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  • Coach E

Plantar Fasciitis




You might remember that a few months ago I asked for people who suffer from plantar fasciitis to complete a quick survey. Well today we are going to take a look at the results and discuss what it is, how its caused and what can help rehab it. Firstly, I would like to thank everyone who took the time to complete the survey or contact me over social media about plantar fasciitis. Secondly I would like to thank those who got in touch using the website to ask me to look into this, as it’s a condition I know a lot of people suffer from.


So what is plantar fasciitis?


Well before we look into what it actual is we need to know what tissue it affects, the plantar fascia. The plantar fascia is a thick band of tissue that stretches from the heel to the base of the toes. According to The British Medical Association Guide to Sports Injuries (2010) plantar fasciitis is a chronic condition where this thick tissue becomes inflamed causing pain in the foot. It is also not uncommon to see a heel spur when someone with plantar fasciitis is x-rayed, this is a calcium deposit found over the heel bone.


What causes it?


It’s normally caused by movements which involve repetitive stress to the underside of the foot such as running or jumping on a hard surface. I normally see it with athletes who compete in basketball, volleyball or running. However, it is not limited to athletes and I have seen it in a lot of people who are on their feet a lot or have to wear specific safety footwear with poor arch support for their jobs. It normally happens when this repetitive movement/stress to the bottom of the foot causes the toe joints to bend and put pressure on the heel end of the tissue which causes inflammation. You can see from the data collected that it can be caused by a variety of activities, however it seems from those who took part 58% stated that it was walking that caused them to notice it.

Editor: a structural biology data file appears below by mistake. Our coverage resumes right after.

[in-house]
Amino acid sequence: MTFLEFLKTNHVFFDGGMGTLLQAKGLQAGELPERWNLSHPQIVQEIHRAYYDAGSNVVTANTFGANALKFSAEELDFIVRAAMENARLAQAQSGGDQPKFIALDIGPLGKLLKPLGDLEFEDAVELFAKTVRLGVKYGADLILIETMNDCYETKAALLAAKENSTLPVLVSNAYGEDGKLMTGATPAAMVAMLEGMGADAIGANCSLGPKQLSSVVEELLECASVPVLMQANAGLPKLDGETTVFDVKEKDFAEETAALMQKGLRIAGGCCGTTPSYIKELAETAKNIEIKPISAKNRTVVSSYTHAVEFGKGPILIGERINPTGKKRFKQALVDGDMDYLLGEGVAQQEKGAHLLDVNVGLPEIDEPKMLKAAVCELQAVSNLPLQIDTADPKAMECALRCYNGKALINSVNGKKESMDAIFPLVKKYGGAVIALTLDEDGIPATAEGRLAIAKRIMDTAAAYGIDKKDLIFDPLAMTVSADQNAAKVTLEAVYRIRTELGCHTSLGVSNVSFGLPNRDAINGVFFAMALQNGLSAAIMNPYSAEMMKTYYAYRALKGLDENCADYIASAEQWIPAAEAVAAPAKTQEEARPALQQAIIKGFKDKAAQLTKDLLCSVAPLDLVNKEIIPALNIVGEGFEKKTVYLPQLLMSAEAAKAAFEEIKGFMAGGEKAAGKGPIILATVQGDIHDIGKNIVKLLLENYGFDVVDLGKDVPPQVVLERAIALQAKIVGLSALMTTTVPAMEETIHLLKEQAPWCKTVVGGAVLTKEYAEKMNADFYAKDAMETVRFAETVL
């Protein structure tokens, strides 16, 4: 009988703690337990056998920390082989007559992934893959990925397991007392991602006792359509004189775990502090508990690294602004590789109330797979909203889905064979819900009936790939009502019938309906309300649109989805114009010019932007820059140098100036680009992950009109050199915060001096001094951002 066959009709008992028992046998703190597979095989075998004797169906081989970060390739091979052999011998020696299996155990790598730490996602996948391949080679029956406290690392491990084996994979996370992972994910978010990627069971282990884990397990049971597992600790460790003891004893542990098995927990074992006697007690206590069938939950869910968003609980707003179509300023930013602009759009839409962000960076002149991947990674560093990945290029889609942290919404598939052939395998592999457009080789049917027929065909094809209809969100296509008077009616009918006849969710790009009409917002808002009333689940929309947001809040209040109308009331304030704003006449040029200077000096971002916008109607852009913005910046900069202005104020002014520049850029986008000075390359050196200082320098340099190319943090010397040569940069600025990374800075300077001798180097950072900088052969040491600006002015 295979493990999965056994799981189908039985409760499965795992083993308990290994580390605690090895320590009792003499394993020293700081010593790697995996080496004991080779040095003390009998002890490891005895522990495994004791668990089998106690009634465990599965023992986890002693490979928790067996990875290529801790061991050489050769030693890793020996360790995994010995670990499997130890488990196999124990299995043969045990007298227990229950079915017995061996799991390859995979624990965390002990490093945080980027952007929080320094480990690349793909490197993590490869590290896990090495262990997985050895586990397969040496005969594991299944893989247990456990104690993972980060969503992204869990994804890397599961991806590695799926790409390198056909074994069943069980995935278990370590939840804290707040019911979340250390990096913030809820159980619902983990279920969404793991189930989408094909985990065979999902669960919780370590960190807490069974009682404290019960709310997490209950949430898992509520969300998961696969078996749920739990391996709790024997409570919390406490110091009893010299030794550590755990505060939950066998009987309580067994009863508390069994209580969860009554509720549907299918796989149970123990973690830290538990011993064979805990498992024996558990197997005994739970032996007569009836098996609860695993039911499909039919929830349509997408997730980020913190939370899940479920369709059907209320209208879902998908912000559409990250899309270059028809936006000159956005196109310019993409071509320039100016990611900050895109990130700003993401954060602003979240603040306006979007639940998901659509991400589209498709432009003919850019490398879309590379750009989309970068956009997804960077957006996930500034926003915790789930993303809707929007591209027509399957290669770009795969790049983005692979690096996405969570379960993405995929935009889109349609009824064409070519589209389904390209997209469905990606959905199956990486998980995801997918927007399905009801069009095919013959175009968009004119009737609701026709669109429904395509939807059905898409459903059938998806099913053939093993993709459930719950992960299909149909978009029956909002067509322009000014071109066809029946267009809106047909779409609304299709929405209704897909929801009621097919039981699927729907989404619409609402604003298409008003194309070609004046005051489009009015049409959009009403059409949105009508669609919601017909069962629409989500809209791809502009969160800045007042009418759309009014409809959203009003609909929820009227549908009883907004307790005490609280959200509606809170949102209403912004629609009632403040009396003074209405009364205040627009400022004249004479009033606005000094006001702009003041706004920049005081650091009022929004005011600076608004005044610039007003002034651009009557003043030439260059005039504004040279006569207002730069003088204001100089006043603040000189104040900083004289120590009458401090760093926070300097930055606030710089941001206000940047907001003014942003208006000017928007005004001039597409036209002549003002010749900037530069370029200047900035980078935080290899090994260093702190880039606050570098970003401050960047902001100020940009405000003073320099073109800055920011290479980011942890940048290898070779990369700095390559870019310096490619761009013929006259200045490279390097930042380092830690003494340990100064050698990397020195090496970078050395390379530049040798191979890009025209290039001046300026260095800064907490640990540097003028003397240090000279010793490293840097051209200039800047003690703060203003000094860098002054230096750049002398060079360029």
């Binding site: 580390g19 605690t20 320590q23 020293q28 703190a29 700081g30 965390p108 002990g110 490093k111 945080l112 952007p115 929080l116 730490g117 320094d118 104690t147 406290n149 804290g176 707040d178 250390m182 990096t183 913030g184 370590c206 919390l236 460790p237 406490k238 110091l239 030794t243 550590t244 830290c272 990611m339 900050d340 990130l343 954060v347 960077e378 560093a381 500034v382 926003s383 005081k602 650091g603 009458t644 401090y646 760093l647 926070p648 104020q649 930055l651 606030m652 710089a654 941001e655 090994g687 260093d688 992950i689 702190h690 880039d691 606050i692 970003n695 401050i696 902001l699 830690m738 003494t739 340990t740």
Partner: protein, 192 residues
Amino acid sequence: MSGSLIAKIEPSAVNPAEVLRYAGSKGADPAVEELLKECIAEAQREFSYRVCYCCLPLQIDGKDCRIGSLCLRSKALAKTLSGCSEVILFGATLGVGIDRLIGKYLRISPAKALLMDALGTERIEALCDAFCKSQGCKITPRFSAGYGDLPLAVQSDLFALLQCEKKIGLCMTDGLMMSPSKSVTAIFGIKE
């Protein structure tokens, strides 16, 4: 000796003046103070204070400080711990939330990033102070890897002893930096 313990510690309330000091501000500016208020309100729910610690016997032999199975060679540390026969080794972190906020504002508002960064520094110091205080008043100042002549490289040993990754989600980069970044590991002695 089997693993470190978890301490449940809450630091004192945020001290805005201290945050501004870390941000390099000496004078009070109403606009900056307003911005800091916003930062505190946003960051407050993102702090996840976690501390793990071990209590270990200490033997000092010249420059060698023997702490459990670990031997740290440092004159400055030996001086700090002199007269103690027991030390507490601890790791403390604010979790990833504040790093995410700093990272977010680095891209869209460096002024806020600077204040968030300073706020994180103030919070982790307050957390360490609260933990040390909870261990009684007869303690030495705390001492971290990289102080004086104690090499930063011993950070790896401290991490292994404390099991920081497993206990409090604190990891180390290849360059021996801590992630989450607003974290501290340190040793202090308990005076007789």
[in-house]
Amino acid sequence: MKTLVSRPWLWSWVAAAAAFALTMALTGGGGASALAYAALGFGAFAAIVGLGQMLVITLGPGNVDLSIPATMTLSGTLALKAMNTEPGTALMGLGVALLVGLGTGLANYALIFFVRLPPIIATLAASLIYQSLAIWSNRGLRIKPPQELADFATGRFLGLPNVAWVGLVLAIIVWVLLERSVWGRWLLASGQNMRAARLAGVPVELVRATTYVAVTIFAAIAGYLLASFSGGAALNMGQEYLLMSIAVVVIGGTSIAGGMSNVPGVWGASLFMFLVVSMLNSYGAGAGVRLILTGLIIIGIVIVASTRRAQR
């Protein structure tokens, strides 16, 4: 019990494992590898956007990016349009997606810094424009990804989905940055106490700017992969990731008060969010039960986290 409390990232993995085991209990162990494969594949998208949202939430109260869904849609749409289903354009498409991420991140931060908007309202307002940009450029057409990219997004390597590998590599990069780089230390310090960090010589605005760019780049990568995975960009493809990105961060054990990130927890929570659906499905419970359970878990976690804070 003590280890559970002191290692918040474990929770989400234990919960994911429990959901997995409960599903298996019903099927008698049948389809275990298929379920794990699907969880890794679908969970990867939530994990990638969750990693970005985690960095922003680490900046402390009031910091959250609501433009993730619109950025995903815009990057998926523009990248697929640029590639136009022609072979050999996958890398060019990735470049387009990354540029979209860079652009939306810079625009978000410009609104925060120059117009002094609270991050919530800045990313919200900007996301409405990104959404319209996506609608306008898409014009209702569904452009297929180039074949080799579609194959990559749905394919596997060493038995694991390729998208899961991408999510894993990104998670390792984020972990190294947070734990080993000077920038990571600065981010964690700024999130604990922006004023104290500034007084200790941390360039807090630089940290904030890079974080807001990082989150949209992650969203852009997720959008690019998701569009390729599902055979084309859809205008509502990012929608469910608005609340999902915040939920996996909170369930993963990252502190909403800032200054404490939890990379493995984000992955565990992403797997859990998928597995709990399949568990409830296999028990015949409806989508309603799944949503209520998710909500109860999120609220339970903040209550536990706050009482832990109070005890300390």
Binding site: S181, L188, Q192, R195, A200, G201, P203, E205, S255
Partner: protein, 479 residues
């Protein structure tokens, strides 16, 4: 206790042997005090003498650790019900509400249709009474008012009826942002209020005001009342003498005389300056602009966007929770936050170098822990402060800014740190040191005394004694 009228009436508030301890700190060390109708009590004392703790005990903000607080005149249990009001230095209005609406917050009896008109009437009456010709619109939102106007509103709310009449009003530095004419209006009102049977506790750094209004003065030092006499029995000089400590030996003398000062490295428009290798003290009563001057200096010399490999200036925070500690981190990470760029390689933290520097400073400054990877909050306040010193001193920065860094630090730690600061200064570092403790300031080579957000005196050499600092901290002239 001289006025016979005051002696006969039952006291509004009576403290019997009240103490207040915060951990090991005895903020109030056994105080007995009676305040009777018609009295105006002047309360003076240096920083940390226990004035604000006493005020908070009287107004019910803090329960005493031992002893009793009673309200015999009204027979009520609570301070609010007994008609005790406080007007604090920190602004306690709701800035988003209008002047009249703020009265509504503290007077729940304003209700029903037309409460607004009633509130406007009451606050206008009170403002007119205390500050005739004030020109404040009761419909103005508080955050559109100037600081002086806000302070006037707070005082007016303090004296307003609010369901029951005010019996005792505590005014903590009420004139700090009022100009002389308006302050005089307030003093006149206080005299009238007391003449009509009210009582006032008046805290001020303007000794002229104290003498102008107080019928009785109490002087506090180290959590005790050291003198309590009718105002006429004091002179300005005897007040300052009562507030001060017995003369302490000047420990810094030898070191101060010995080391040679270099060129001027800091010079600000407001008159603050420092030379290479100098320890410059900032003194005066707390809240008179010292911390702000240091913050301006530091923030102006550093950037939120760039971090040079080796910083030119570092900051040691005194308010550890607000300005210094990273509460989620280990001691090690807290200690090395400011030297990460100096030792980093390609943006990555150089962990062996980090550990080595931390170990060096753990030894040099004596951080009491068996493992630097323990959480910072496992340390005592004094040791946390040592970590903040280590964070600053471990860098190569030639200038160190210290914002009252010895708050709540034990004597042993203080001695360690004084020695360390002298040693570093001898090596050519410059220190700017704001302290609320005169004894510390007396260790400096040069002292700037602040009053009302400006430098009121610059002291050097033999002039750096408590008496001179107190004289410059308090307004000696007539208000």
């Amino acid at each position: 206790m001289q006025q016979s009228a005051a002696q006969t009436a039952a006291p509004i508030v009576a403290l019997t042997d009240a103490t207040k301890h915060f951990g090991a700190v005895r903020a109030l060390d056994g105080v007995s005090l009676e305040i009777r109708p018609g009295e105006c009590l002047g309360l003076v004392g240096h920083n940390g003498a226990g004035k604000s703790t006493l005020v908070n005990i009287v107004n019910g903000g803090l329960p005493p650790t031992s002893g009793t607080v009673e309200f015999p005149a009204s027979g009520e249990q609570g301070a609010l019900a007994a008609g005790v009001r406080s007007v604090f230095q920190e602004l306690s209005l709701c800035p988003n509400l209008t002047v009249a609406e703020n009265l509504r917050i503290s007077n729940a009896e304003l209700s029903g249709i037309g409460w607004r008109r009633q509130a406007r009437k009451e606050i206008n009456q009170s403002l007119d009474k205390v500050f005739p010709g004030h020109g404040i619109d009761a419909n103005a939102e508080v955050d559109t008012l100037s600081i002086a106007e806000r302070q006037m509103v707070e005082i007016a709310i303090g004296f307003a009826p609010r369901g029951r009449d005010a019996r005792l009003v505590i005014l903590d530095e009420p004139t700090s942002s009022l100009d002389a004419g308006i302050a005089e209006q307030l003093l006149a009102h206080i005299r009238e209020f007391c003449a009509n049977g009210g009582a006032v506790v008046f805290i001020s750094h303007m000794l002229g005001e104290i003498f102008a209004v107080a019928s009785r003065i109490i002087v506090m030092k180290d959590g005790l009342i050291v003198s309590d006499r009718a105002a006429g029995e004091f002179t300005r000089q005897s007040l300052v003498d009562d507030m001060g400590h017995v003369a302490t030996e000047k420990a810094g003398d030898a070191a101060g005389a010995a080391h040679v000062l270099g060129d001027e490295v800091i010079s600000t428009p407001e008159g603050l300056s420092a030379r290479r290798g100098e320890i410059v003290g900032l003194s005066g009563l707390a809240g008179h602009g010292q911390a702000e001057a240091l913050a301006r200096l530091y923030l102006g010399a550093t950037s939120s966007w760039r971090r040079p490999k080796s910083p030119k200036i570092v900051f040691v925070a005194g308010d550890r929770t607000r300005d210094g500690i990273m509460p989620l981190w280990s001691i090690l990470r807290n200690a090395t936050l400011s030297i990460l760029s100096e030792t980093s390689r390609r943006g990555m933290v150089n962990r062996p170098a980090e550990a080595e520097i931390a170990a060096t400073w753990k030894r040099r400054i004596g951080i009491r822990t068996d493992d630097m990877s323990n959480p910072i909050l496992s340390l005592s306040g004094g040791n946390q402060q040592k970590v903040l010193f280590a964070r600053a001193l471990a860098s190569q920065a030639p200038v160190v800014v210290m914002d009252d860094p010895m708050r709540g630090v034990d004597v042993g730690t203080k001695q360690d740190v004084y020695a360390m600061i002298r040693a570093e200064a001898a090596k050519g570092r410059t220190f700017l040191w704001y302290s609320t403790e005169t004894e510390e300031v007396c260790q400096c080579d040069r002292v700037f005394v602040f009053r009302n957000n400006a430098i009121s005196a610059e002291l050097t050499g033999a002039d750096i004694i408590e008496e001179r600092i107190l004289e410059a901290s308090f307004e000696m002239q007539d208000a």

What to look out for and how often will it flare up?


Plantar fasciitis causes pain to the underside of the heel and foot. Pain might go away when walking or exercising but will return after, or as we saw above it may remain during exercise. Some of my clients have told me it feels like the underside of their foot has a painful ball or gravel in it or a stabbing pain. They have also stated that it normally feels worse in their first few steps when they wake up or after they have been sat for long periods of time and they sometimes struggle to life their toes up. It can flare up at anytime and it affects people differently but from the data I collected it showed that the majority of plantar fasciitis sufferers (54%) had a flare up every day. Two participants explained that once they had received treatment they had never had a further flare up, however for the majority it will flare up from time to time and will depend on how active you are and how you rehab the injury when it does flare up.



What can you do to help with recovery?